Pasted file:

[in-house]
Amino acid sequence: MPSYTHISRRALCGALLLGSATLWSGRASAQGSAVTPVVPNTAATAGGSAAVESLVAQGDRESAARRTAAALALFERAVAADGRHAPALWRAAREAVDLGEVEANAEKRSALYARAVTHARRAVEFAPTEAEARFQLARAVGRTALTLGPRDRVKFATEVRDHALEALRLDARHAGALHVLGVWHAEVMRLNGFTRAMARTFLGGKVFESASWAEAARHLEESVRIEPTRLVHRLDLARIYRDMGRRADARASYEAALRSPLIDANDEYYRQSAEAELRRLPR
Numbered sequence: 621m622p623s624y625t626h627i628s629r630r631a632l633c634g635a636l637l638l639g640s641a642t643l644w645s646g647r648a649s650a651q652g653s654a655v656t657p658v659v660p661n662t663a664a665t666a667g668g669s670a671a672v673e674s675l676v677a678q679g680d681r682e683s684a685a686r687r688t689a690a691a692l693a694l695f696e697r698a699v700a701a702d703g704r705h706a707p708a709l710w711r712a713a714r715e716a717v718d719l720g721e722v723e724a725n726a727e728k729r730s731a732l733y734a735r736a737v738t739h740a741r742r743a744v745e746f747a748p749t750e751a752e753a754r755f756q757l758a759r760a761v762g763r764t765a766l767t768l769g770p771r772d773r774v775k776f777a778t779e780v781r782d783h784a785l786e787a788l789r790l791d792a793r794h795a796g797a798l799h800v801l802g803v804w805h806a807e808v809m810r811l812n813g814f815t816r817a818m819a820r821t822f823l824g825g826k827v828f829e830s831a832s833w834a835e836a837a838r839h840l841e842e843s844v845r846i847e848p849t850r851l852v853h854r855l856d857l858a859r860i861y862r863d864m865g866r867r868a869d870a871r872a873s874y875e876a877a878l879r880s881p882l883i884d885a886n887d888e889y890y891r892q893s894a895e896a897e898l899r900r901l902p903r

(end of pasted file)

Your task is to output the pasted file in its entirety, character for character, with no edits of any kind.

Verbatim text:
[in-house]
Amino acid sequence: MPSYTHISRRALCGALLLGSATLWSGRASAQGSAVTPVVPNTAATAGGSAAVESLVAQGDRESAARRTAAALALFERAVAADGRHAPALWRAAREAVDLGEVEANAEKRSALYARAVTHARRAVEFAPTEAEARFQLARAVGRTALTLGPRDRVKFATEVRDHALEALRLDARHAGALHVLGVWHAEVMRLNGFTRAMARTFLGGKVFESASWAEAARHLEESVRIEPTRLVHRLDLARIYRDMGRRADARASYEAALRSPLIDANDEYYRQSAEAELRRLPR
Numbered sequence: 621m622p623s624y625t626h627i628s629r630r631a632l633c634g635a636l637l638l639g640s641a642t643l644w645s646g647r648a649s650a651q652g653s654a655v656t657p658v659v660p661n662t663a664a665t666a667g668g669s670a671a672v673e674s675l676v677a678q679g680d681r682e683s684a685a686r687r688t689a690a691a692l693a694l695f696e697r698a699v700a701a702d703g704r705h706a707p708a709l710w711r712a713a714r715e716a717v718d719l720g721e722v723e724a725n726a727e728k729r730s731a732l733y734a735r736a737v738t739h740a741r742r743a744v745e746f747a748p749t750e751a752e753a754r755f756q757l758a759r760a761v762g763r764t765a766l767t768l769g770p771r772d773r774v775k776f777a778t779e780v781r782d783h784a785l786e787a788l789r790l791d792a793r794h795a796g797a798l799h800v801l802g803v804w805h806a807e808v809m810r811l812n813g814f815t816r817a818m819a820r821t822f823l824g825g826k827v828f829e830s831a832s833w834a835e836a837a838r839h840l841e842e843s844v845r846i847e848p849t850r851l852v853h854r855l856d857l858a859r860i861y862r863d864m865g866r867r868a869d870a871r872a873s874y875e876a877a878l879r880s881p882l883i884d885a886n887d888e889y890y891r892q893s894a895e896a897e898l899r900r901l902p903r